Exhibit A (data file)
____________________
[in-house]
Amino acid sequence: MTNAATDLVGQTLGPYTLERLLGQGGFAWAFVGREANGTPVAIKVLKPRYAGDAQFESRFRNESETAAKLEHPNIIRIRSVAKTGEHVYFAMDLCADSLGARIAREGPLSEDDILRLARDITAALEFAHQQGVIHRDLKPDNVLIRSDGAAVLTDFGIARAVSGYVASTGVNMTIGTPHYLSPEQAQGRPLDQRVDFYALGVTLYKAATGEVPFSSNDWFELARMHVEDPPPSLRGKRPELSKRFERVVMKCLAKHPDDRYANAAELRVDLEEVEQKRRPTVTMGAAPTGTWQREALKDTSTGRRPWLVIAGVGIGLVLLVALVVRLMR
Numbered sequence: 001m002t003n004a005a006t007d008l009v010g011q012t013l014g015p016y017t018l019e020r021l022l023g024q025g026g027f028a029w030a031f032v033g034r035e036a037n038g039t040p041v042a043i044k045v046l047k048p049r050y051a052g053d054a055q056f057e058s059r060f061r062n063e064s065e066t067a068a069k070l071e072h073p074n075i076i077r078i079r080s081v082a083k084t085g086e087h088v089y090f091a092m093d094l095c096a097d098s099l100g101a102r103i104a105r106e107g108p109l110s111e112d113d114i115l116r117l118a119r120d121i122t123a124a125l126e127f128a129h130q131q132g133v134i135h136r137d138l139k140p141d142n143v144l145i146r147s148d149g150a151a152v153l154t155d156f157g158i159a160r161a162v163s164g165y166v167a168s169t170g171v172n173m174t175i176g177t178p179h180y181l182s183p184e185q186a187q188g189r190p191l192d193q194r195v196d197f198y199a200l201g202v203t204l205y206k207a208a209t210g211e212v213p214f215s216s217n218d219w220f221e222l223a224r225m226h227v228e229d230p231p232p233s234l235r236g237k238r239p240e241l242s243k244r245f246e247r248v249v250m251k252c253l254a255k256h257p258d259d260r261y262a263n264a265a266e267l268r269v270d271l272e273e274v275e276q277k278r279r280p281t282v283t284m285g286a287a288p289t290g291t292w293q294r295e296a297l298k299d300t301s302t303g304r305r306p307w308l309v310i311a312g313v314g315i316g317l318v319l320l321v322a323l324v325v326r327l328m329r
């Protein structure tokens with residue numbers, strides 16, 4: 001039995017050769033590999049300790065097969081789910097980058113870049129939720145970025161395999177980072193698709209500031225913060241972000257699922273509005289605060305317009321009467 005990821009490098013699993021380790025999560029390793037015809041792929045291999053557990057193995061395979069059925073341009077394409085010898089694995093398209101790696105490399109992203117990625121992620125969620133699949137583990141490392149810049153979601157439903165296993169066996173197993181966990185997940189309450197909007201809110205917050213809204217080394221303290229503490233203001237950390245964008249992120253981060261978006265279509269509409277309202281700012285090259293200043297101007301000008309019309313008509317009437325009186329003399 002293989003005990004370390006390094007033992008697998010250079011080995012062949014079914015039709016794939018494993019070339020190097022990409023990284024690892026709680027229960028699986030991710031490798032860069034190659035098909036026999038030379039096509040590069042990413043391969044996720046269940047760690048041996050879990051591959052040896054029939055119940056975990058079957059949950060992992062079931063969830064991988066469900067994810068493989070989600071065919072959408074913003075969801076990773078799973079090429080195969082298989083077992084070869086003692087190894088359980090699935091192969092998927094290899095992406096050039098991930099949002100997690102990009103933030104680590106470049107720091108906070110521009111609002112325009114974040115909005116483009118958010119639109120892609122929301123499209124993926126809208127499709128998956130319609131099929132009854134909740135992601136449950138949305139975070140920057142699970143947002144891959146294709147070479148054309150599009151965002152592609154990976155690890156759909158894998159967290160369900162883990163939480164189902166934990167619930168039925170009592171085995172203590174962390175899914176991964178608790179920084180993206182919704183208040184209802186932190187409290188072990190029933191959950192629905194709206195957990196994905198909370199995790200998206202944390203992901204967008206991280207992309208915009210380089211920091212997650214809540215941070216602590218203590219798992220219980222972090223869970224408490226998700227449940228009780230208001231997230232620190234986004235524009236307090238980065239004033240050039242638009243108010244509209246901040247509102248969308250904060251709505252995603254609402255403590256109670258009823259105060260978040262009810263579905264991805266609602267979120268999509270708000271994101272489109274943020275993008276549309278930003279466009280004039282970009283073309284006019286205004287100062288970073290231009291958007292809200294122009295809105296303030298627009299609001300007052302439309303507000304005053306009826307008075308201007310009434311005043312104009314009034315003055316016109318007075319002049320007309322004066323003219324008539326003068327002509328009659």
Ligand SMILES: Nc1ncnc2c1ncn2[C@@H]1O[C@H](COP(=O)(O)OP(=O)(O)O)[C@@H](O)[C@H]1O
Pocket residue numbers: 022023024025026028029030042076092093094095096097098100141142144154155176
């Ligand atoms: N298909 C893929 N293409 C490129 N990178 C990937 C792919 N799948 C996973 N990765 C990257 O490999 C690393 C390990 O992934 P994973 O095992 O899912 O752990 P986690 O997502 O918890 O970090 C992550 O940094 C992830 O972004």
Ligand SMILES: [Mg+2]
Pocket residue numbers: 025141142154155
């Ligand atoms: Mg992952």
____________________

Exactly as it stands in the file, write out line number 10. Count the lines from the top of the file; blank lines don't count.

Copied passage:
């Ligand atoms: Mg992952």